# Java - simultaneous ground and wall collision

I've been working on a Line2D based collision system:

public void update() {
for (int i = 0; i < lines.size(); i++) {
line = lines.get(i);
if (line.line.intersects(player.hitbox))
playerCollision();
}
}

public void playerCollision() {
if (Math.abs(line.angle) <= 45) {
player.jumped = false;

if (player.speedY > 0)
player.speedY = 0;

// inefficient?
while (line.line.intersects(player.hitbox)) {
player.centerY--;
player.hitbox.setRect(player.centerX - player.WIDTH / 2, player.centerY - player.HEIGHT / 2,
player.WIDTH, player.HEIGHT);
}

player.centerY++;
player.hitbox.setRect(player.centerX - player.WIDTH / 2, player.centerY - player.HEIGHT / 2, player.WIDTH,
player.HEIGHT);

} else if (line.angle > 0) {
while (line.line.intersects(player.hitbox)) {
player.centerX--;
player.hitbox.setRect(player.centerX - player.WIDTH / 2, player.centerY - player.HEIGHT / 2,
player.WIDTH, player.HEIGHT);
}

} else if (line.angle < 0) {
while (line.line.intersects(player.hitbox)) {
player.centerX++;
player.hitbox.setRect(player.centerX - player.WIDTH / 2, player.centerY - player.HEIGHT / 2,
player.WIDTH, player.HEIGHT);
}
}
}


Overall, it works pretty well. There is, however, one problem I haven't been able to fix. When the player collides on a place where a wall and the ground meet, both the ground and wall collisions are executed, however, only one should be.

The result is that the player is abruptly pushed off a cliff when approaching one, or that the player is abruptly moved up when jumping alongside a cliff.

When approaching a cliff:

After one step to the right:

I've been able to come up with a method to determine which collision should be executed:

if (player.hitbox.getMaxY() - player.speedY > line.line.getY1())
// execute wall collision only
if (player.hitbox.getMaxY() - player.speedY <= line.line.getY1())
// execute ground collision only


However, I haven't been able to come up with how to implement this. I can't check all lines for collision first and execute the collision later, as the collision is executed per line. Does anyone know how I can fix my collision system?

P.S. I'm a beginning game developer, so my collision detection system might be bad or inefficient. If there's a better way to do this, that doesn't have the same problems, I'd love to hear about it. Please keep in mind, though, that I'm trying to keep the code simple and efficient.

• Instead of executing the collision per line, you could try saving the collision information - whether it is with a wall or with the ground, and how the player would move in response. When another collision is found, decide whether or not it replaces the saved one by using your method. After the loop, apply the collision response (if any collision was found). May 2, 2017 at 18:03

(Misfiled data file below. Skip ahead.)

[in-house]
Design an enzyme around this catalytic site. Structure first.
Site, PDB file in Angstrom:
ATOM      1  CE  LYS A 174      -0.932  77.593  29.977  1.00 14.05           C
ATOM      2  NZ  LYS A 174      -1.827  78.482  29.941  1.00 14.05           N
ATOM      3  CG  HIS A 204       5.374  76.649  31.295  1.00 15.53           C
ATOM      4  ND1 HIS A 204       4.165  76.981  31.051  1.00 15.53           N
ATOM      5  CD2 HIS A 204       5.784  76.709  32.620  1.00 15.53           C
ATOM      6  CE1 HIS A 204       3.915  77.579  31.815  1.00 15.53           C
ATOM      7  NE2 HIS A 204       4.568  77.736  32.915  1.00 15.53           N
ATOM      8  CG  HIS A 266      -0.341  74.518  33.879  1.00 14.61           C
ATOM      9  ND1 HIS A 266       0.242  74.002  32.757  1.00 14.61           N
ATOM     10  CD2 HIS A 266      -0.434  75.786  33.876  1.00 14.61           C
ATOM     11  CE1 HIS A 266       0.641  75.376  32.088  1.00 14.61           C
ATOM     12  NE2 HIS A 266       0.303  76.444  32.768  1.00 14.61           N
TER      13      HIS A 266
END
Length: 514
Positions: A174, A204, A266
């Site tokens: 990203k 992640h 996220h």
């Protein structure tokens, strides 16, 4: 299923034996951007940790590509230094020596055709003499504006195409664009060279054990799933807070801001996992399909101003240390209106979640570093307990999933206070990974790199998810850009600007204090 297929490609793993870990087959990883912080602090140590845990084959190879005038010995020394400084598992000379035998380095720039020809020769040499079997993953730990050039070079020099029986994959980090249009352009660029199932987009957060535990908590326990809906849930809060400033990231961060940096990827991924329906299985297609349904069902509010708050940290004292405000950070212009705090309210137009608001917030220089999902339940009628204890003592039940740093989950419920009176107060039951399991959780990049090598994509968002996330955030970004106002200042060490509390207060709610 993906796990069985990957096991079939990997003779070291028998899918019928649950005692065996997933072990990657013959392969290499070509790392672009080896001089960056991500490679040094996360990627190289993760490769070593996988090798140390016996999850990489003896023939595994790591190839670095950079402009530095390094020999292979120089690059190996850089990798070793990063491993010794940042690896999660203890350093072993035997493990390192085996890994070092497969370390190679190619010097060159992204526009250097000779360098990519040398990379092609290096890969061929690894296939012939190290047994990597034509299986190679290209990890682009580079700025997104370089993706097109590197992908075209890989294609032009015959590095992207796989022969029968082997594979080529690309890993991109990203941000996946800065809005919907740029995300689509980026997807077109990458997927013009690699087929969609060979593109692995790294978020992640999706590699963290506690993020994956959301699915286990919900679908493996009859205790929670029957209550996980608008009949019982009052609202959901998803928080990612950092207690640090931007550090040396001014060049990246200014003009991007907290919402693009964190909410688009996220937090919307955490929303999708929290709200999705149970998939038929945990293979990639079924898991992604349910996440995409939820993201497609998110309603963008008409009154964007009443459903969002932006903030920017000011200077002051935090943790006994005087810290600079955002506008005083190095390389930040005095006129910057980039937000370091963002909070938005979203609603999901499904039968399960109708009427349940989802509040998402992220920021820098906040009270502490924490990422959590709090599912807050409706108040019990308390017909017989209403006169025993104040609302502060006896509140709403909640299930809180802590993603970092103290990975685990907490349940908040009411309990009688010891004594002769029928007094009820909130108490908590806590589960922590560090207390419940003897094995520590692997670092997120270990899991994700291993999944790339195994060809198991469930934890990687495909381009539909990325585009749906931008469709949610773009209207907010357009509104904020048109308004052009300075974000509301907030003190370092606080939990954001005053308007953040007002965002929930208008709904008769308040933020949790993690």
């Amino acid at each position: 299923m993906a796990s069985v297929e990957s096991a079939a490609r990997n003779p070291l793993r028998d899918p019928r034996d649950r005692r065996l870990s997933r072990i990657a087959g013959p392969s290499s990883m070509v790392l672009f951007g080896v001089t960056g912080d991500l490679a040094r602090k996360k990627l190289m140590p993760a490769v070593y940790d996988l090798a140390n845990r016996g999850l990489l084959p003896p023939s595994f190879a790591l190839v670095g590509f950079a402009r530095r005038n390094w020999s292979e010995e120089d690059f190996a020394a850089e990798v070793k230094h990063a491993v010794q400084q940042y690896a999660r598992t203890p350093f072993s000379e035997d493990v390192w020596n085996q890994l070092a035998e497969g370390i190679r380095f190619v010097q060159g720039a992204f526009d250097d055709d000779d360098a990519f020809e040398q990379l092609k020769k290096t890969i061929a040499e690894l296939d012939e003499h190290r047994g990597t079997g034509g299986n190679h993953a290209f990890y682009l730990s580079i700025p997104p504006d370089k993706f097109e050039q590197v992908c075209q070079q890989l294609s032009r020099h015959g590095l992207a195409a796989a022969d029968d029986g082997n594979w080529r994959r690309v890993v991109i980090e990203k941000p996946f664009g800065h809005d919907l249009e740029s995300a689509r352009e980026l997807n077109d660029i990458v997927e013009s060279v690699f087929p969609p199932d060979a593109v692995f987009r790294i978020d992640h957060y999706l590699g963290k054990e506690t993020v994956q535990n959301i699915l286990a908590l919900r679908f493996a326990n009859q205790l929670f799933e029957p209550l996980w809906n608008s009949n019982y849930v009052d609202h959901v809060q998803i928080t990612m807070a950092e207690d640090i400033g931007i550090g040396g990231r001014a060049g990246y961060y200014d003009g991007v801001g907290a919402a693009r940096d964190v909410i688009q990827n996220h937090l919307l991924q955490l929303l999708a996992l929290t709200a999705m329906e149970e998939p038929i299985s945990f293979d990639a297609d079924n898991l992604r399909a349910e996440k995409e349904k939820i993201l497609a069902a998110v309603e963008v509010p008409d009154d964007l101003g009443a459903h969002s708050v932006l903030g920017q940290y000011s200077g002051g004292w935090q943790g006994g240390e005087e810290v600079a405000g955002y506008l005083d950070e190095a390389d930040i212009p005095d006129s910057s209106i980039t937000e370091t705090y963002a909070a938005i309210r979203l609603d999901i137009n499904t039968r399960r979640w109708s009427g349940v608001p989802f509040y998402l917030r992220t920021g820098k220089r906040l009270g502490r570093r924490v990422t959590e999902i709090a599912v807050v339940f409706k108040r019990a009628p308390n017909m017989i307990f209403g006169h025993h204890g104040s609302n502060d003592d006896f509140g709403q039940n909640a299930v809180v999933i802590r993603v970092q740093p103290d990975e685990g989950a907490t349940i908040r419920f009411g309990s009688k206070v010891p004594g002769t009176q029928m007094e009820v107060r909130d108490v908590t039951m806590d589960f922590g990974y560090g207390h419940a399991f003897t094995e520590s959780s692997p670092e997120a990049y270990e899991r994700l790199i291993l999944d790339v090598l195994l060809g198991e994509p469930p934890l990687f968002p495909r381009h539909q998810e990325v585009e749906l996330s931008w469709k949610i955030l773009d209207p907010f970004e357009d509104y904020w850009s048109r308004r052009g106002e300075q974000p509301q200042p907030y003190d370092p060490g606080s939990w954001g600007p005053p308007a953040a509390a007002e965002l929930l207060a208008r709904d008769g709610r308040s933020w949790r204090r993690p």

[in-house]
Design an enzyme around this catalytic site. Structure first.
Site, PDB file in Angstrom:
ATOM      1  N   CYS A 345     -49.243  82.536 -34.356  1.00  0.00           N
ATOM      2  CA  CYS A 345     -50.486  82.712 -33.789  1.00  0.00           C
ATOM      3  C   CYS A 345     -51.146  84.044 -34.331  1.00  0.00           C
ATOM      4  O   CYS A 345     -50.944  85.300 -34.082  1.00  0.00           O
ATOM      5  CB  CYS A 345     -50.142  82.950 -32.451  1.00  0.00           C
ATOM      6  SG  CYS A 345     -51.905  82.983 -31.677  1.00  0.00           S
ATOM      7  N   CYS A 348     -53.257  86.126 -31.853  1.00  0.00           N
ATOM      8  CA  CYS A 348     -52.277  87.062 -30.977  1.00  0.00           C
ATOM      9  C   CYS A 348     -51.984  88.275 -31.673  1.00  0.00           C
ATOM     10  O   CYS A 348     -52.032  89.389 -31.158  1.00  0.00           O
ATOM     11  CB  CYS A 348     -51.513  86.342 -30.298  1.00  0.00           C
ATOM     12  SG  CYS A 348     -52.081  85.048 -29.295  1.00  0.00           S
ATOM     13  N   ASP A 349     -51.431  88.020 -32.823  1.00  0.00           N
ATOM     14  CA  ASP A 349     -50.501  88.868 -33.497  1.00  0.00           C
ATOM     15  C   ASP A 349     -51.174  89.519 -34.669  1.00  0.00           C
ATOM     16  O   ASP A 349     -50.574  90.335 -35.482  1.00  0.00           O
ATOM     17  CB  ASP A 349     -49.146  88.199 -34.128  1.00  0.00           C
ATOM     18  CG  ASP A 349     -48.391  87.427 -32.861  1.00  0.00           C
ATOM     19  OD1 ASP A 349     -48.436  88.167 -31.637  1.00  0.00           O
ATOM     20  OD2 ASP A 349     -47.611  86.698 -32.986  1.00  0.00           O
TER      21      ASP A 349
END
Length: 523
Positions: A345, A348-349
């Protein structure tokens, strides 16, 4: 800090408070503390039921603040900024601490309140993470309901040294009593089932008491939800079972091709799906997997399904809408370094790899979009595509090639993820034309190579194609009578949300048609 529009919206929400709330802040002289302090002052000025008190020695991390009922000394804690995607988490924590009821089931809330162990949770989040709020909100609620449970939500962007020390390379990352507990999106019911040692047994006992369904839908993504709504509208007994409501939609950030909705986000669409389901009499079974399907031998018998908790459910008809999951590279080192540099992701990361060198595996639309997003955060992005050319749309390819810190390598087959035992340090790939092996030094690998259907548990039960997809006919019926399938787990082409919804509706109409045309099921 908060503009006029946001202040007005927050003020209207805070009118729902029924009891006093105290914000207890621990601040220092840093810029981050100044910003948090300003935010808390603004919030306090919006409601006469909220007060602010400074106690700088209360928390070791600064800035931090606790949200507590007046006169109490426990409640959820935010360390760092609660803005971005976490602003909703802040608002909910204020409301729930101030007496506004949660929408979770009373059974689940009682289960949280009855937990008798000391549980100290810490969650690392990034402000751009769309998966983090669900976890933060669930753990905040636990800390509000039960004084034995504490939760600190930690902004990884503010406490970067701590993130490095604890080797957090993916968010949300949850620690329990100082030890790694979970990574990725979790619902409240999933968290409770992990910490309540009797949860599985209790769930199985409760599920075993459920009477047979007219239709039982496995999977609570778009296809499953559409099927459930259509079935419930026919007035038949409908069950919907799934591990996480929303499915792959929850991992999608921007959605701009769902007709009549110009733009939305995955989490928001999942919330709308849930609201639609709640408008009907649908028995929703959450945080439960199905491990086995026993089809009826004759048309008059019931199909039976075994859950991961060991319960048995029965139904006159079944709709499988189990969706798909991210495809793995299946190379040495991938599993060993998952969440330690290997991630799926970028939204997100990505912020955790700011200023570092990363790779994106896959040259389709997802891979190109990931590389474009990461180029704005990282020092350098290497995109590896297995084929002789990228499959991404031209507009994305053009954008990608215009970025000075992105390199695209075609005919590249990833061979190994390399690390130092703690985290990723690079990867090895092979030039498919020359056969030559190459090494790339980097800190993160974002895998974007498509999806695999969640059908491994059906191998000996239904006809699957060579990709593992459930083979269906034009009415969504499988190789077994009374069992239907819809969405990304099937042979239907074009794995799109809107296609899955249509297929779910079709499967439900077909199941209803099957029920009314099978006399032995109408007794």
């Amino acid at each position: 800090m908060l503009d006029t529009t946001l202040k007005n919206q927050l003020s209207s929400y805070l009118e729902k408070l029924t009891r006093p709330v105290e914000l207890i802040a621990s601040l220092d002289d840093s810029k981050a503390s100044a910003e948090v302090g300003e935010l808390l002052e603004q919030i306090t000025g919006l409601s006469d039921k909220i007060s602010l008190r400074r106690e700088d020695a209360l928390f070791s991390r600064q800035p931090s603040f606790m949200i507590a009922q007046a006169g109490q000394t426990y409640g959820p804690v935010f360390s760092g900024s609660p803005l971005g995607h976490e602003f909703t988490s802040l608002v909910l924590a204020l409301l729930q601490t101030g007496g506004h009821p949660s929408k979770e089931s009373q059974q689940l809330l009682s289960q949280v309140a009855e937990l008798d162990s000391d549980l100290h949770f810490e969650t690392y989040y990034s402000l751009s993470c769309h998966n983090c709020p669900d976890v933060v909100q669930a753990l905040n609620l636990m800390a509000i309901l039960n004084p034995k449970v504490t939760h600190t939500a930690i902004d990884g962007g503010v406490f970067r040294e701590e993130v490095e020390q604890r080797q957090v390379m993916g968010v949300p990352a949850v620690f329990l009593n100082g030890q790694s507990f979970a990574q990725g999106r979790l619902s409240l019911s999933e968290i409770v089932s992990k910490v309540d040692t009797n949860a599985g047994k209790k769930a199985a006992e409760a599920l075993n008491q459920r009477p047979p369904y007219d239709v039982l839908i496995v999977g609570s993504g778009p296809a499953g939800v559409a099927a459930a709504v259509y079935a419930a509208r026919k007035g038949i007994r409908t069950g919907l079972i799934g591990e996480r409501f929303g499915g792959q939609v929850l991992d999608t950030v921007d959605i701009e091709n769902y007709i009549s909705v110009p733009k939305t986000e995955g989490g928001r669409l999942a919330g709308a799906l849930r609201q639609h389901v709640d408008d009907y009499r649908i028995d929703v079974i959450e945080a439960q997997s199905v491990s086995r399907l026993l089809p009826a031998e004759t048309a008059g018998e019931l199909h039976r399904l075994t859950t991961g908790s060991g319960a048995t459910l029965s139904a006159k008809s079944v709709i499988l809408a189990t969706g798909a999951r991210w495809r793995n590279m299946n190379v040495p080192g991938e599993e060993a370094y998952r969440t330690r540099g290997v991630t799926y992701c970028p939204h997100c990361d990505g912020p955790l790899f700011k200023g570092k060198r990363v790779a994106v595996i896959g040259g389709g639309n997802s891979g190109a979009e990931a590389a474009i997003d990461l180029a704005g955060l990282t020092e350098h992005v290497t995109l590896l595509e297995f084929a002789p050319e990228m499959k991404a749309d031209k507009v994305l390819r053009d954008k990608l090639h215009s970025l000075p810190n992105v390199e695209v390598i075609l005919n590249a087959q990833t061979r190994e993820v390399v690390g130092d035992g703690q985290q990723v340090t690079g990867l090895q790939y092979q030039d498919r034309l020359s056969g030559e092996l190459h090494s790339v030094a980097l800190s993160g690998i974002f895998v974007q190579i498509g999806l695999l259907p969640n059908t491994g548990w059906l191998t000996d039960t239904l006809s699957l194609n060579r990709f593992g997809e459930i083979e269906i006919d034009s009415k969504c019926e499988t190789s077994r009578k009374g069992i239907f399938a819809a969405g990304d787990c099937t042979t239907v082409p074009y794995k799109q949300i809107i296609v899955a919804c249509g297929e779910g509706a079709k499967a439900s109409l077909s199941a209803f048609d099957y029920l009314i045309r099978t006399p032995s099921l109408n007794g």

• I've already gone over this, but it wouldn't work since I use this: while (line.line.intersects(player.hitbox)), meaning that the only way for me to determine the distance the player needs to be moved is by constantly updating it's position. I can't wait till the end. As I said in the last lines of my question, if my system is bad or inefficient, please tell me how to do it differently. Could you give me an example on how to work this out, and submit that as an answer? Anyways, thanks for replying. I guess it would be better for me to move on to libGDX or another engine. May 2, 2017 at 18:34
• I see, you want to intentionally move the player after each intersection. That wasn't clear to me from your original question. I'll write up an answer with a possible solution. May 2, 2017 at 19:29

I think the key to fixing this situation without writing all new collision code is to identify the "cliff" situation while inside playerCollision().
The second step is inside playerCollision(), where you need to detect that the player is touching a cliff endpoint. This is also pretty simple, just test whether each line endpoint is part of a cliff, and if it is test whether the player collision shape contains that endpoint. If both are true, then the player is on a cliff edge.
Note 2: Your collision code seems fine, especially for small levels like your example image. If levels get larger and the collision code becomes too slow, you can look for ways to optimize the outer loop and still keep playerCollision() as it is.